The Little Sister by Raymond Chandler, adapted by Bill Morrison

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BBC Radio 7, 18 October 2008

This production in the BBC Marlowe cycle with Ed Bishop in the lead was perhaps the most melancholy so far, as Marlowe realized just how absurd his existence actually was in 1930s and 40s Southern California, where everyone pretended to be someone else, and true feelings and/or emotions were to be avoided at all costs. As with most of the stories, the plot turned out to be the usual stew of spies, double-crossing rogues and an eponymous heroine (Liza Ross) who pretends to be the victim of a conspiracy but actually instigates it. What makes The Little Sister more interesting is that everyone views themselves as characters in a Hollywood melodrama: the police behave like heavies, the low-life characters spout familiar aggressive clichés, while the women chew gum and try to seduce unsuspecting men. In the world of early 40s California, where the movie studios dominated the skyline, reality and fiction cannot be separated any more.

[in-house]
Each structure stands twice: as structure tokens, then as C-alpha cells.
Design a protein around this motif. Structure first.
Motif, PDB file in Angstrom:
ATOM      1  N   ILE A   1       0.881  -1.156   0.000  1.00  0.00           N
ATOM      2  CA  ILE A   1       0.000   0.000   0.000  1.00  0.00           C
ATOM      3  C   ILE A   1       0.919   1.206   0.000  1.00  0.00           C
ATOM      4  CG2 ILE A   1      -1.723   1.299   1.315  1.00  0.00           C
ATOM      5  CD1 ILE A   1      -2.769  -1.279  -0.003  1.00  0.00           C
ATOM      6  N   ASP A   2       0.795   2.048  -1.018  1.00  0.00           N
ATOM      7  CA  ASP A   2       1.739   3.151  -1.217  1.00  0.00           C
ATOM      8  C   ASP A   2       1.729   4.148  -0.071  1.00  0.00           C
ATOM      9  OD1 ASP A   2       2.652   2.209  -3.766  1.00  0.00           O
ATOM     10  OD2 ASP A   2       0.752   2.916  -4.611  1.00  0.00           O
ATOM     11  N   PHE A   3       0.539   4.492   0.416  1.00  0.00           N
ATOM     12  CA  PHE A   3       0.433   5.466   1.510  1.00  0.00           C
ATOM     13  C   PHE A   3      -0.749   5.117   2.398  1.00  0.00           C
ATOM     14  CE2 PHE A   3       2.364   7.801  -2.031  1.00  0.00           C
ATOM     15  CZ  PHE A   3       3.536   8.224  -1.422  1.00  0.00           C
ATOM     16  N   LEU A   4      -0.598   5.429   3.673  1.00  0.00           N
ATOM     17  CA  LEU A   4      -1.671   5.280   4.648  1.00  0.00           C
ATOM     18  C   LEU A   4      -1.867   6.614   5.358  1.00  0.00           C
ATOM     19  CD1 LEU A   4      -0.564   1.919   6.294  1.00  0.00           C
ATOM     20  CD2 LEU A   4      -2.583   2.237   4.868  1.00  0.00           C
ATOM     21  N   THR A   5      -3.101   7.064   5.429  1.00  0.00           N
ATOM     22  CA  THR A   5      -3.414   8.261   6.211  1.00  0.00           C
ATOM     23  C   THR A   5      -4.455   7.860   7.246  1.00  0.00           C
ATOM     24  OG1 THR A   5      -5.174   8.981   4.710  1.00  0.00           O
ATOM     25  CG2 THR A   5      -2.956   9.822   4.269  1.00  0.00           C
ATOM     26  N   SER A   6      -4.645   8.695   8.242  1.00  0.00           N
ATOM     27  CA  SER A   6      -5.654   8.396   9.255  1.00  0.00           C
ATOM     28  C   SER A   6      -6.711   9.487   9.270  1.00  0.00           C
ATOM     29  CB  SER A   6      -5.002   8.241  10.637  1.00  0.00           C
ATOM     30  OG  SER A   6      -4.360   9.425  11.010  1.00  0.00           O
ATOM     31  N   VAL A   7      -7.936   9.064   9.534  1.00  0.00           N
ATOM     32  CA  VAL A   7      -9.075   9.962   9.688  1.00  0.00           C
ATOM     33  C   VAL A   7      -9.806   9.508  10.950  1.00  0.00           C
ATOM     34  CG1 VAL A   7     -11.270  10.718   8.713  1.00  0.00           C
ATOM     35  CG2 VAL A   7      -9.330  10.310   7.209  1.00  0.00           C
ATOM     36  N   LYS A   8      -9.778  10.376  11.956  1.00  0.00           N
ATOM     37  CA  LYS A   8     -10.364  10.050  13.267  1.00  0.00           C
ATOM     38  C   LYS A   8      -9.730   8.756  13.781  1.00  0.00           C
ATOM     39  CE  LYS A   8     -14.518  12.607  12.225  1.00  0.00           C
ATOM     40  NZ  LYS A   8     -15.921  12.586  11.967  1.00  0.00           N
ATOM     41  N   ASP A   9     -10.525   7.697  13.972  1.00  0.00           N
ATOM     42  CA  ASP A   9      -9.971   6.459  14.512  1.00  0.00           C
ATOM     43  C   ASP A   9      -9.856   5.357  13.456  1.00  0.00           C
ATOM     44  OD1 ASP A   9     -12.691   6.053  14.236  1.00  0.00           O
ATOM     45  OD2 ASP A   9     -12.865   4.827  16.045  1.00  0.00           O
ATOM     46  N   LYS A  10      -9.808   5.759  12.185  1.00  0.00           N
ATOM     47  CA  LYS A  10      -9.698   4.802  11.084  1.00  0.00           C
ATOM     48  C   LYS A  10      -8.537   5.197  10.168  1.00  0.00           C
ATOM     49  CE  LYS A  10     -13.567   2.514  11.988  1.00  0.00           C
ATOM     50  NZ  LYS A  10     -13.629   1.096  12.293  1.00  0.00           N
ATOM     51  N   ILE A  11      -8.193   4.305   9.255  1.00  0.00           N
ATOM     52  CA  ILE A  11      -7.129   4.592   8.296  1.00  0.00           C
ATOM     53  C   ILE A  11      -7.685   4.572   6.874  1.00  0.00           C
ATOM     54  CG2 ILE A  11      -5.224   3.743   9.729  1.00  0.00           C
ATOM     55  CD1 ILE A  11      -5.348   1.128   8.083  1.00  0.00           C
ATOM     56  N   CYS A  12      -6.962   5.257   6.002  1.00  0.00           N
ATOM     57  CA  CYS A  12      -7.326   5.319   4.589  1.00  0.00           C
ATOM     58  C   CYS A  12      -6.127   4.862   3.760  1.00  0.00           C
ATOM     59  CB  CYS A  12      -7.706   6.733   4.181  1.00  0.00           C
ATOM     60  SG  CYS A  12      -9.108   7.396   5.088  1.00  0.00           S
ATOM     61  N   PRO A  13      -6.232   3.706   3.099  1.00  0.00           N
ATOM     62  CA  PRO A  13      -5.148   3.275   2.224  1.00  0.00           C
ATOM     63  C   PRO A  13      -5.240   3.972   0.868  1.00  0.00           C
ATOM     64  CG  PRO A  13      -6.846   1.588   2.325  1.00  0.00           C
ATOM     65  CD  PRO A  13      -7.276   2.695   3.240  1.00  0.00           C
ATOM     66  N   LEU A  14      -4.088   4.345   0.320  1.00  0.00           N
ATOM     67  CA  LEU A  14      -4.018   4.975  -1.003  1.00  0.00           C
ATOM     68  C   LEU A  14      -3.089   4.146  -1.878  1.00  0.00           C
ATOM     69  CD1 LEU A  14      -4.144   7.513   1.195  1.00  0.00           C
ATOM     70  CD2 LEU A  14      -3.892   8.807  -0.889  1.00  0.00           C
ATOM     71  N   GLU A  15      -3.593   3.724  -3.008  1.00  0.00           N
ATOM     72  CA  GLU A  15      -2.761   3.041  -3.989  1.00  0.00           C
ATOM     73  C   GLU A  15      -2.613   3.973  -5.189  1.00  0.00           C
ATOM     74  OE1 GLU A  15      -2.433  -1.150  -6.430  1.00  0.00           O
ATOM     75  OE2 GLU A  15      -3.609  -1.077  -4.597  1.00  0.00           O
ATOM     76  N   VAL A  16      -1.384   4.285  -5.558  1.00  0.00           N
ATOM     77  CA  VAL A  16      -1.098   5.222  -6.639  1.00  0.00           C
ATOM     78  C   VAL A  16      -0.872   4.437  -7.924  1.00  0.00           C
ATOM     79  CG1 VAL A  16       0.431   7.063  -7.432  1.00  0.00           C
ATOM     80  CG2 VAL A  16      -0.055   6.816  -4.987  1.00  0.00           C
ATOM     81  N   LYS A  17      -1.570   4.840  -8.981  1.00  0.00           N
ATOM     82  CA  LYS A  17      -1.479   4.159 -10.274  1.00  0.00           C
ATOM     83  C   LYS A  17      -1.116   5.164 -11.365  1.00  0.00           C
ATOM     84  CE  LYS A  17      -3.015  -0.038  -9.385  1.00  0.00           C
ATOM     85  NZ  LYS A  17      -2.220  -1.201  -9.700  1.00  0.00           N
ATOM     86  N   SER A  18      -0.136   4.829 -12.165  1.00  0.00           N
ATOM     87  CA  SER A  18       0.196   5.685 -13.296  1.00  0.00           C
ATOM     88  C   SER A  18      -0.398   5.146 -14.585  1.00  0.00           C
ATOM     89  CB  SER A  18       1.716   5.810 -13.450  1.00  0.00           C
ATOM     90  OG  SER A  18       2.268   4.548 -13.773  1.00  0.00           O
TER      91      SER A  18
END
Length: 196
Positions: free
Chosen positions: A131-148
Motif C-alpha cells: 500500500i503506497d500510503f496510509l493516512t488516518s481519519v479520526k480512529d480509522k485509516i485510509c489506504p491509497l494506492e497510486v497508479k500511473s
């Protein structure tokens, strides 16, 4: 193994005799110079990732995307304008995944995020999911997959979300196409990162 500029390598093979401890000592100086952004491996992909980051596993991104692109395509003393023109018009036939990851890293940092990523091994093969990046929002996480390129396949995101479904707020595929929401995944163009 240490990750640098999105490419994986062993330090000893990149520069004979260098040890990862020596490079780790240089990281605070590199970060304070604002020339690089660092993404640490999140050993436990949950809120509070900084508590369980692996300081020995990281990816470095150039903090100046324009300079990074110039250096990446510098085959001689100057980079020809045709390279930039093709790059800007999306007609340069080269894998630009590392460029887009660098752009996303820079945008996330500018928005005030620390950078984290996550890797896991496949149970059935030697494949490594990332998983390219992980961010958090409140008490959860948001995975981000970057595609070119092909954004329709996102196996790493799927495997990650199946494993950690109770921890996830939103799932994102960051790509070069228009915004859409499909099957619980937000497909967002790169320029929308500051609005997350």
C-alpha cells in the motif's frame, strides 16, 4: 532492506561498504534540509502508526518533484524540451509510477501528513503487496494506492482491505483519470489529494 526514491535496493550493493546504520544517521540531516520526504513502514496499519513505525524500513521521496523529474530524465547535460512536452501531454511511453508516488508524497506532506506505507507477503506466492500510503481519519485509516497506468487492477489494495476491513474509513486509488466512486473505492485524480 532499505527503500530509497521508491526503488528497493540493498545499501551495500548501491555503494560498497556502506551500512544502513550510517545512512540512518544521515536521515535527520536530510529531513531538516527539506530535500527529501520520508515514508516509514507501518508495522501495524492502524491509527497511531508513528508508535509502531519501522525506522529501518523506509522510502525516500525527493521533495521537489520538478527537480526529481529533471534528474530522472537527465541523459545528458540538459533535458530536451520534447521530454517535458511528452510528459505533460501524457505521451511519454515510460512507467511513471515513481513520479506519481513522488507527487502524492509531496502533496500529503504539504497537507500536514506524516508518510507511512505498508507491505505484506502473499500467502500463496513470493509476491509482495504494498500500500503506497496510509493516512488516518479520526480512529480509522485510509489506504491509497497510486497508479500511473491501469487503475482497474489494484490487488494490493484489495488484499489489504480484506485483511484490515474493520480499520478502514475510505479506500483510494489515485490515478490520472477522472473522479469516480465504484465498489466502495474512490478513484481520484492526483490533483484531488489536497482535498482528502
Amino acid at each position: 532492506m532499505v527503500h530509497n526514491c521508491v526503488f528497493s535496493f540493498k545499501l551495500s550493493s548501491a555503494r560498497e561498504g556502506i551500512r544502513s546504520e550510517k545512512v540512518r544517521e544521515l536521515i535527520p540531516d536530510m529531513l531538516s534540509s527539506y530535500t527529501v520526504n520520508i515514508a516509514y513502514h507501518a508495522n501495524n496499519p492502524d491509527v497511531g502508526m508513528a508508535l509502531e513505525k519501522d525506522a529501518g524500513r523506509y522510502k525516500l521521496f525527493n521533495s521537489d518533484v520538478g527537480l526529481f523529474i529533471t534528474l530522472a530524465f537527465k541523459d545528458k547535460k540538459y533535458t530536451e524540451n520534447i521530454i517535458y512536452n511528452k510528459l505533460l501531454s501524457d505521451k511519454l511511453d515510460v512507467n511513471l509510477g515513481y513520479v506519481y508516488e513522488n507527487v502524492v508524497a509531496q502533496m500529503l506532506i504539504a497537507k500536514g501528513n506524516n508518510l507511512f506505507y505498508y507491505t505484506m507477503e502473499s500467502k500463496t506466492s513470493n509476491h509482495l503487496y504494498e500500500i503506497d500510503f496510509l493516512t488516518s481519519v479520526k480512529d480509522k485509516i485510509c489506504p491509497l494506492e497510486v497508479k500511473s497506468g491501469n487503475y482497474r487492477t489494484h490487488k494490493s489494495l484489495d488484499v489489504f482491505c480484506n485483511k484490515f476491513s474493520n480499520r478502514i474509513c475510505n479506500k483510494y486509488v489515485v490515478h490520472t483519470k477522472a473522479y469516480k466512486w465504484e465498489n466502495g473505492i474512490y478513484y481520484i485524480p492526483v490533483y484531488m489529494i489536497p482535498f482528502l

As with other Marlowe adaptations, John Tydeman’s production suggested that in this type of world, there was no such thing as a solution to a crime. While justice was seen to be done (in the sense that the rogues were caught), the police themselves were so corrupt that no one had any confidence in them anymore. They could be bought, just like anyone else, for $1000. Perhaps the most stable character in the entire adaptation was Dolores (Toby Robins), the little sister’s older sibling, a co-called rising starlet in movies who realized that there was no distinction between the screen and real life. Everyone had to pretend to be someone else in order to survive. In the end we felt quite sorry for Marlowe as he reflected in an aside to the listeners that he was nothing more than a cheapie – a cheap-jack private dick with a misplaced sense of morality, searching for something important in his life, but never able to find it.